The winners and losers in the Aussie sales race for May.
AUSTRALIA’S new-car market was up 3.6 percent for the month of May, with 96,672 cars sold compared to 93,372 in May 2015. The increase in sales was led by growth in private SUV numbers (+5.5 percent) and an increase in government spending on commercials. The Hyundai i30 was Australia’s most popular car for the third month in succession, while Toyota remained on top as the best-selling brand.
SUV sales are rapidly closing in on passenger car numbers, with 36,230 SUVs moved in May compared to 38,222 passenger cars. The best-selling SUV was the Mazda CX-5 (2117 sales).
The Hyundai i30’s continued success (3771 sales) came at the expense of the evergreen Toyota Corolla (3333) and Mazda 3 (3243), while the Holden Commodore (2255), VW Golf (1753) and Toyota RAV4 (1695) rounded out the top six passenger vehicles.
Yet Australia’s appetite for utes sees the Toyota Hilux (3675) as the second most popular of all vehicles, with the Ford Ranger in fifth and the Mitsubishi Triton winning eighth with 2021 sales.
Toyota’s market leadership remains intact, and while it leads by an enormous margin, the rest of the market is quietly chipping away at the juggernaut. Toyota’s 80,261 sales so far this year is a meagre 48 vehicles ahead of its sales at the end of May 2015. That’s a 0.1 percent improvement on last year, and far less than the overall market’s 3.8 percent growth.
Toyota still has plenty of breathing space to its nearest rival, Mazda. Operating out of its shiny new head office in Melbourne, Mazda posted solid 7.7 percent growth and has notched up 48,518 sales year-to-date to build up a margin of 6468 cars over third-placed Hyundai. The Korean brand threatened to snatch the podium spot from Holden in 2015, and has since clearly shaded the local brand, which in fourth place trails Hyundai by 5416 units year-to-date.
Ford, in fifth, has made leaps and bounds in 2016, with a substantial 16.4 percent improvement year-to-date, however almost half (47.3 percent) of its 6584 May sales were of a single model – the Ranger (3285 sales). Impressively (or not so, depending on you view), the Australian-made Territory remains Ford’s second-best seller, despite its slow decline, down 21.8 percent compared to 2015.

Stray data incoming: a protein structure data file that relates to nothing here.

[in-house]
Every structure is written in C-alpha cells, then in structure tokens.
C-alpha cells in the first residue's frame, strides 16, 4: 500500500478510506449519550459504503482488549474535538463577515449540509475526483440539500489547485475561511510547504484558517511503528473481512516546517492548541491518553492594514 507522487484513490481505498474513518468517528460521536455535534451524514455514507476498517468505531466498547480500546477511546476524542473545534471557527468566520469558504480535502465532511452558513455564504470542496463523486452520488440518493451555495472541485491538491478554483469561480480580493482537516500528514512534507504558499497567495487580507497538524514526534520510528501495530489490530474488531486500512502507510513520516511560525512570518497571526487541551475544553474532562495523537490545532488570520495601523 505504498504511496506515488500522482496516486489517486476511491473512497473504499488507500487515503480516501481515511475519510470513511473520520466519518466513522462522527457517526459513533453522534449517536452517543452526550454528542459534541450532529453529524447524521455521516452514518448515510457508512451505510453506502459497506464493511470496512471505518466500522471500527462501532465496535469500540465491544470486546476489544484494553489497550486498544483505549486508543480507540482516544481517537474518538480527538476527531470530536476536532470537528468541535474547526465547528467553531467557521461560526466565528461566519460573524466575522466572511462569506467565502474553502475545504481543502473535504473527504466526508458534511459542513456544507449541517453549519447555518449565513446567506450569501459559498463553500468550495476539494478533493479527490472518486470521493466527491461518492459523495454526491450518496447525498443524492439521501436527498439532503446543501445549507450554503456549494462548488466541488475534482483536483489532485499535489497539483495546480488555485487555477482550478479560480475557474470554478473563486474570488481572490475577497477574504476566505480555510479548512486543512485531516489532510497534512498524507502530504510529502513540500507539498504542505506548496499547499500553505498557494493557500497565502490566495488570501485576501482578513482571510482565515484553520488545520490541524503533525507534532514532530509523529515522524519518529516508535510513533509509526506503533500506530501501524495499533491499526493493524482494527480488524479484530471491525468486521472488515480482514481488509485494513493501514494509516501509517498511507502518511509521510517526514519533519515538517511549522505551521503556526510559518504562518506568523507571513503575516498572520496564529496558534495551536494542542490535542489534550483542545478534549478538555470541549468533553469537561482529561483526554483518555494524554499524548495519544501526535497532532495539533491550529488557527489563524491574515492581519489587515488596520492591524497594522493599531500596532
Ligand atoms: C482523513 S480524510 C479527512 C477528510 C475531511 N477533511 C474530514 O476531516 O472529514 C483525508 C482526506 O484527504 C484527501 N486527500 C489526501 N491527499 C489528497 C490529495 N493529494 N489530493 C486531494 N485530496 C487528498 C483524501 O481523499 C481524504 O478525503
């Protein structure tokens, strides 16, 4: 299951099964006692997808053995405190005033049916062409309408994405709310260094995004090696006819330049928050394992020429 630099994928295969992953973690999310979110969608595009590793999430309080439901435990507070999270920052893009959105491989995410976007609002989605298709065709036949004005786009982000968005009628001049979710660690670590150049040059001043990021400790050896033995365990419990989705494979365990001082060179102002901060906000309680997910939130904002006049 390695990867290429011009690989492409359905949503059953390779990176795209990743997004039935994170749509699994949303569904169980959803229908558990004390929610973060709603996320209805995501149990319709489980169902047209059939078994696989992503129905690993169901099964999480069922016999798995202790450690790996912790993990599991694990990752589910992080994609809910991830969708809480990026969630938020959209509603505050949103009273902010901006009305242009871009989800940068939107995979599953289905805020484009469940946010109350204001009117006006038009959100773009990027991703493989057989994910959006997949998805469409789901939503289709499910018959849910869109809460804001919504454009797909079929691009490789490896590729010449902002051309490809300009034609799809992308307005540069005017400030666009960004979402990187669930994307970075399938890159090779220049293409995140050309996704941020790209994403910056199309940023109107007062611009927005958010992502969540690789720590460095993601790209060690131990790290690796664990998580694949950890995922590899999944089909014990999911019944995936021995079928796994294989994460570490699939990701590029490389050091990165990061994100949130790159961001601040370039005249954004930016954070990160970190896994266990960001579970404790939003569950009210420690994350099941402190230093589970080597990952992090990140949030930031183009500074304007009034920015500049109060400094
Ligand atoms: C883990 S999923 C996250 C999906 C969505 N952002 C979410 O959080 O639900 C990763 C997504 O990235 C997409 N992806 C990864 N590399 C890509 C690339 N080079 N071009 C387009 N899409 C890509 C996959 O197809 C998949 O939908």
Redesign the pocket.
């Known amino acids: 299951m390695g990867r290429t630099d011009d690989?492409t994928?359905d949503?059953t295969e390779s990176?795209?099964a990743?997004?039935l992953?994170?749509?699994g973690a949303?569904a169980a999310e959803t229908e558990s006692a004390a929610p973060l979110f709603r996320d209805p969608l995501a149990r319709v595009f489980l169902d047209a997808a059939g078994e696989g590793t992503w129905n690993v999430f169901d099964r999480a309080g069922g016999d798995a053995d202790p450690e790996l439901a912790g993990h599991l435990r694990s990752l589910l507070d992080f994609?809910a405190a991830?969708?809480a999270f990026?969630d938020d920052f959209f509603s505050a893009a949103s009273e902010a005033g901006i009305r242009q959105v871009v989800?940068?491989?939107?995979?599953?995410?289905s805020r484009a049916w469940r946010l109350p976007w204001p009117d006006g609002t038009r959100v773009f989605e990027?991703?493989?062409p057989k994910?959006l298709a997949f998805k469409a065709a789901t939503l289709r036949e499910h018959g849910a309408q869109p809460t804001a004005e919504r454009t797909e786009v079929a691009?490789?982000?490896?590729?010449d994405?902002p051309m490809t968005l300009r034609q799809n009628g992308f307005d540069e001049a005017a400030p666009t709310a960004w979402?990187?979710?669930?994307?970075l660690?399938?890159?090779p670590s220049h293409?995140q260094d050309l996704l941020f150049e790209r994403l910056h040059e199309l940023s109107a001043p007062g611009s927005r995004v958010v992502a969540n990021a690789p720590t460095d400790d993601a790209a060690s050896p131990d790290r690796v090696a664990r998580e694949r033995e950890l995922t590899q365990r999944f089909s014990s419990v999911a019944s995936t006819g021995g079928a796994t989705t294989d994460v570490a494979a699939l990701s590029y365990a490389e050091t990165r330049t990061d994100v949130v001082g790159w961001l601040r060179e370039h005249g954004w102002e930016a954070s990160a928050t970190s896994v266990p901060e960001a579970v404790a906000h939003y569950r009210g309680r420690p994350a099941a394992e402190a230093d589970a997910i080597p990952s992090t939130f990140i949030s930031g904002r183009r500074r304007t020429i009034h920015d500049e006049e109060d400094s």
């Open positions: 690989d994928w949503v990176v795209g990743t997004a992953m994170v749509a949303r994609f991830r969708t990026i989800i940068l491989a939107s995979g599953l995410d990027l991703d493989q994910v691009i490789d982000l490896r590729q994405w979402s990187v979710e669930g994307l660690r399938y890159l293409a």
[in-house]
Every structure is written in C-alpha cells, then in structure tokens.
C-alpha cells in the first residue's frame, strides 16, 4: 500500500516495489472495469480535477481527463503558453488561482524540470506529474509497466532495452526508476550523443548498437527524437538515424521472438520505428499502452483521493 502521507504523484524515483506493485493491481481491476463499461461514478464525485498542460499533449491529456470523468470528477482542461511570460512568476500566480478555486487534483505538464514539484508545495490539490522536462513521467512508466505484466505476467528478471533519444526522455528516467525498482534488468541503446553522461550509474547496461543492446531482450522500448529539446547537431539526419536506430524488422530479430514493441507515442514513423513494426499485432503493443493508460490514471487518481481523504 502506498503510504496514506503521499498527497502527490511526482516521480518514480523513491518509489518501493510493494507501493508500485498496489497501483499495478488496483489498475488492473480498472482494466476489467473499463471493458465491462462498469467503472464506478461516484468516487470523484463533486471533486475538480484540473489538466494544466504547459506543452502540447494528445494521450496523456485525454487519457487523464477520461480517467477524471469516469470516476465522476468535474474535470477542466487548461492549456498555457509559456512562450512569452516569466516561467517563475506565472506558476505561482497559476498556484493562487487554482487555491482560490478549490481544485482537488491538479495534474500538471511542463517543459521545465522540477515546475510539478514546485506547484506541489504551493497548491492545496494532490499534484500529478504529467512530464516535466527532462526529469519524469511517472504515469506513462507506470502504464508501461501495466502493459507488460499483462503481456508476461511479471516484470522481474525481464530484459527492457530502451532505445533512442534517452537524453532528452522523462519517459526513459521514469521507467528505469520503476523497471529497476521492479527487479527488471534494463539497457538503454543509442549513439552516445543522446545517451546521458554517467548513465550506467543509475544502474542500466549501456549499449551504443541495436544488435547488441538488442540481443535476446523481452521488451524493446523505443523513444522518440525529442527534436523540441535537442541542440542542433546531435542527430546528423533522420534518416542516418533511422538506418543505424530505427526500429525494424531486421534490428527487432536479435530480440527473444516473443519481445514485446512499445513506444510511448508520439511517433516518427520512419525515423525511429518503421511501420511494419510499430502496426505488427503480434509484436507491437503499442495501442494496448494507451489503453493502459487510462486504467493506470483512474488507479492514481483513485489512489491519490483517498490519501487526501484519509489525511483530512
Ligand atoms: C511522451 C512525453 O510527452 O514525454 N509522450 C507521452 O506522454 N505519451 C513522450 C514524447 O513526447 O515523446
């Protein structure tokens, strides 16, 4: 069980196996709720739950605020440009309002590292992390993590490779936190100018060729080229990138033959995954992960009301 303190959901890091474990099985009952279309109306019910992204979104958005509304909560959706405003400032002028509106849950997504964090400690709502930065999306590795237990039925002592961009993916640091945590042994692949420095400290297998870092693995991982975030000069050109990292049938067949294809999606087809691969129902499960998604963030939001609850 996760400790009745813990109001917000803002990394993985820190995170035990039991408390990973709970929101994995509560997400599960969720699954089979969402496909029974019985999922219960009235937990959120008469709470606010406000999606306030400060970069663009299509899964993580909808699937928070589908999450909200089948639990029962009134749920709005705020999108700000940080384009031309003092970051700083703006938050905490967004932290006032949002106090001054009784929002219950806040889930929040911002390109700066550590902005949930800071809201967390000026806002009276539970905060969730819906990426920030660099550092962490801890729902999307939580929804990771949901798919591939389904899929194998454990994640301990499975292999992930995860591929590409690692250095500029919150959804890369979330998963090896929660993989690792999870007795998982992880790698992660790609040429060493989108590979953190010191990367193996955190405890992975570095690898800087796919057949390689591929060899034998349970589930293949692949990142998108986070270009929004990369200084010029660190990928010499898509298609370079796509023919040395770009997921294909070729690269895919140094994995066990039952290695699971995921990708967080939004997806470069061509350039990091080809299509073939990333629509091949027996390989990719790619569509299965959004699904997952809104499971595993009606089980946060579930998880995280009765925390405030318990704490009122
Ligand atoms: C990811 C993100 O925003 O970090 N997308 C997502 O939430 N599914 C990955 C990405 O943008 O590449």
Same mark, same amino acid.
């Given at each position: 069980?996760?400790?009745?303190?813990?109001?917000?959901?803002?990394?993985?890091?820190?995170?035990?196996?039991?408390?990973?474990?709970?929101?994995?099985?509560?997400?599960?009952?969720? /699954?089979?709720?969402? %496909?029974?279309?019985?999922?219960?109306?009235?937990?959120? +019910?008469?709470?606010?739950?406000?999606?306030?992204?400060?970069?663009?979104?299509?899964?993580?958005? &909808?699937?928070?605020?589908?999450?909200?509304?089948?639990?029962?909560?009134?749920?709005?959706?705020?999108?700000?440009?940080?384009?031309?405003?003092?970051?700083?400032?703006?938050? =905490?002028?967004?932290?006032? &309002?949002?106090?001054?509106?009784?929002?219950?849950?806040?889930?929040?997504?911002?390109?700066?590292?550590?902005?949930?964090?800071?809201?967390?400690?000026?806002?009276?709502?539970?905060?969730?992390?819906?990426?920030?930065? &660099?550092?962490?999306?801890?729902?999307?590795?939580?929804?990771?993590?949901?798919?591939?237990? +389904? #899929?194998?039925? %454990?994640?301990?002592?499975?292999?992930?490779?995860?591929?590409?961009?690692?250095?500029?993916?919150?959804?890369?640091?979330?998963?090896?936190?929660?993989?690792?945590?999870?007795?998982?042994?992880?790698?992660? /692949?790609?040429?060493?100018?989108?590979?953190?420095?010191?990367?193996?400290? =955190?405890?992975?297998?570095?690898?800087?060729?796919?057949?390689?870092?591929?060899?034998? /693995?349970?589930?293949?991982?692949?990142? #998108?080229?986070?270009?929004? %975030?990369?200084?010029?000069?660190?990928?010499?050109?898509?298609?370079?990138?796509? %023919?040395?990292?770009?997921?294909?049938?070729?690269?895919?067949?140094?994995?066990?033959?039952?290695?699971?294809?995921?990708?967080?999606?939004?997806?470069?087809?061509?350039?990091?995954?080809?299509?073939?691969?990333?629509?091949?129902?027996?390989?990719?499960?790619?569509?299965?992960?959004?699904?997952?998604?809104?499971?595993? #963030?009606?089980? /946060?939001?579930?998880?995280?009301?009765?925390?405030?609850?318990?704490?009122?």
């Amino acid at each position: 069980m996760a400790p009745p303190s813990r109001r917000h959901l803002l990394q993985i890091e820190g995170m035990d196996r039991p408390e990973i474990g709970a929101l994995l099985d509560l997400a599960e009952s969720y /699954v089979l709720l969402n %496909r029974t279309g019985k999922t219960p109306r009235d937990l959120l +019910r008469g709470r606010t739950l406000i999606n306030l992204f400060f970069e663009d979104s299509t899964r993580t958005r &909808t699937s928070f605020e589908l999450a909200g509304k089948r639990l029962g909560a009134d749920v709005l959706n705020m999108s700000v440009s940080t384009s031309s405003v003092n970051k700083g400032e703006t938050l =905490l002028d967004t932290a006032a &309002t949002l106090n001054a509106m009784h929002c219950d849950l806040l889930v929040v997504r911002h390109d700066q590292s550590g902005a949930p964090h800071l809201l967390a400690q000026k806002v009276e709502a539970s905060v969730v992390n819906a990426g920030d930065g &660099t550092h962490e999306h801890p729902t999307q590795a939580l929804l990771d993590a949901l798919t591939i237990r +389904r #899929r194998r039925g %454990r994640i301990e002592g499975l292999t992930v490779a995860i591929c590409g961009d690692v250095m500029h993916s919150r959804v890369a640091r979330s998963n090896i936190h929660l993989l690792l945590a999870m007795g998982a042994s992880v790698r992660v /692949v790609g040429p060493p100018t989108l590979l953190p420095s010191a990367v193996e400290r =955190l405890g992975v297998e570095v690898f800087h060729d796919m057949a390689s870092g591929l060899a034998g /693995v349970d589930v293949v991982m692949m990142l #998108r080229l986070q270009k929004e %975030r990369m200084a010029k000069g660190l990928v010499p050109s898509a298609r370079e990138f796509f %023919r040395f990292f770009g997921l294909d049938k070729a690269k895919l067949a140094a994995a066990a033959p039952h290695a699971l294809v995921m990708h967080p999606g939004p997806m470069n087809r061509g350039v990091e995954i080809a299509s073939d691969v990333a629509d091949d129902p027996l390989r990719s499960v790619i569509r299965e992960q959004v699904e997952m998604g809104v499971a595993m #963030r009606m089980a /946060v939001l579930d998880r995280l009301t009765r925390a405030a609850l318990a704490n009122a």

Holden sales continue to fall, with an 8.0 percent year-to-date dip after slow May sales. The Holden Commodore was its best seller (2255), while Cruze sales are down 26.1 percent in 2016. The shining lights for Salmon Street are its SUVs: Captiva is up 5.8 percent this year, while the smaller Trax is rocketing along with a 30.7 percent increase.
Star performers for May include Volvo, with its XC90, a Wheels COTY finalist, up a whopping 271.9 percent year-on-year, helping the brand reach a 51.0 percent growth rate so far this year. Alfa Romeo (down 57.4 percent) and Chrysler (a 61.0 percent decline) were among the worst performances for May.
Mercedes-Benz continued its dominance of the premium marques, with 17.6 percent growth year-to-date and to be the 11th most popular of all brands. BMW posted even great growth, at 27.7 percent. This was led by the BMW X5, and supported by the BMW X1, launched late last year, hitting the streets in serious numbers for the brand.
Audi sales are up 8.0 percent, but its growth is slowing. At the end of 2015, Audi was snapping at the heels of BMW, finishing less than 2000 sales behind its arch rival, yet in the first five months of 2016 BMW has already extended that margin to 2611.
Dieselgate has also hit VW local sales, down 4.2 percent year-to-date. VW can still walk tall with its Amarok and Transporter improving, and a strong performance from the excellent new Passat (up 40 percent, with the Passat Alltrack up 76 percent), but it’s negative territory for almost every other VW model.
New-car sales for the first five months of the year have increased 3.8 per cent, to 469,571.
Top 10 best-selling vehicles in May 2016
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